“Over the coming months we will be focusing on a longer-term redesign of the experience, specifically working to reinvent the core gameplay loop with clear goals, motivating challenges and progression with meaningful rewards – while preserving the fun of flying and fighting in a vast science-fantasy setting.”
That emphasized bit is important because, in not so many words, Casey is describing, “a video game.” Those things – clear goals, motivating challenges, and progression with meaningful rewards – are the exact things that are the bare minimum in virtually every video game.
Casey Hudson isn’t so much describing a reinvention of Anthem here, as he is describing building an actual game, full stop. And it’s no wonder. Anthem simply was not a complete nor competent product upon launch. The core loop wasn’t there. There were glaring bugs. There were no meaningful rewards. There was no clear progression path. Foundationally, there was nothing there upon which to build and expand.
You know what had hints of this foundation? The 2017 reveal trailer. But more on this later.
Casey’s statement continued (emphasis added),
“And to do that properly we’ll be doing something we’d like to have done more of the first time around – giving a focused team the time to test and iterate, focusing on gameplay first.”
On the surface, this sounds self-reflective and almost mature, as if BioWare has acknowledged what went wrong, and what they need to do to move forward. However, let’s revisit Jason Schreier’s expose.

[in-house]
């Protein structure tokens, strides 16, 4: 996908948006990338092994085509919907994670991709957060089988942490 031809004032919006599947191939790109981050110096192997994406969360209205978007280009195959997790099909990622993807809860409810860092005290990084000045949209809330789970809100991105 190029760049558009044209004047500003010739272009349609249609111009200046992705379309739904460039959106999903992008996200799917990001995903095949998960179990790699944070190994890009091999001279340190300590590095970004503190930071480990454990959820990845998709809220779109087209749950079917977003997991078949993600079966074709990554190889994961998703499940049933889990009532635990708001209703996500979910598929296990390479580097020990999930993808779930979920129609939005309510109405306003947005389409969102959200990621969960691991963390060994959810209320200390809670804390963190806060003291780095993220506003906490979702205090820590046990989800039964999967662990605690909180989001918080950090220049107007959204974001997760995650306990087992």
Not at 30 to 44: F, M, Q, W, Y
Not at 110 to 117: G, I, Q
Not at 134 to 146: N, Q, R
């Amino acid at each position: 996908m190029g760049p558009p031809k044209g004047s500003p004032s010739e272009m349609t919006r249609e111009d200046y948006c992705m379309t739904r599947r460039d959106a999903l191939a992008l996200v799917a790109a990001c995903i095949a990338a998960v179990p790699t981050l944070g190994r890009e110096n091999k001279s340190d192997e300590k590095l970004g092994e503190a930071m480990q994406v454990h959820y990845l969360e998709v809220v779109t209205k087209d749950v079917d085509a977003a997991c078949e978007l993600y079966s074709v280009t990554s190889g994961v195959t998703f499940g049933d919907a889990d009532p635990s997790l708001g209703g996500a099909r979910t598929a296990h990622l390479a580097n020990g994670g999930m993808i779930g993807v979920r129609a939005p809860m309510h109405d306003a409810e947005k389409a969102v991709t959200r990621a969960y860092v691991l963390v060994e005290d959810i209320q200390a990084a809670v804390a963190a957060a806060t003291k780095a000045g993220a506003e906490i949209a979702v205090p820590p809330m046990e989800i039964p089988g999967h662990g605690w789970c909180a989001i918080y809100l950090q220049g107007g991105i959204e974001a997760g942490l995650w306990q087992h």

“It’s a story of a video game that was in development for nearly seven years but didn’t enter production until the final 18 months, thanks to big narrative reboots, major design overhauls, and a leadership team said to be unable to provide a consistent vision and unwilling to listen to feedback.”
The root issue here wasn’t time, as suggested by Casey’s statement above. The root issue was a lack of guided leadership resulting in an inconsistent vision. This waywardness, and not time, is what completely derailed Anthem. The team had time, seven years in fact. Time wasn’t the issue. And yet, there is no acknowledgement for a need of clear leadership and consistent vision in Casey’s statement.
Additionally, the second emphasized part of Casey’s statement calls for a focus on gameplay first. This deeply troubles me. I won’t for a minute sit here and defend the atrocious gameplay in Anthem. But by re-reading Casey’s statement, you’ll notice that there isn’t a single mention of story.
BioWare made its name by amazing story-telling in epic single-player RPGs. But here, Casey wants to focus on gameplay in a multiplayer online looter shooter and doesn’t even mention the word “story.” This simply reinforces my point on lack of leadership and vision. BioWare here isn’t focusing on their historic competence: good story-telling.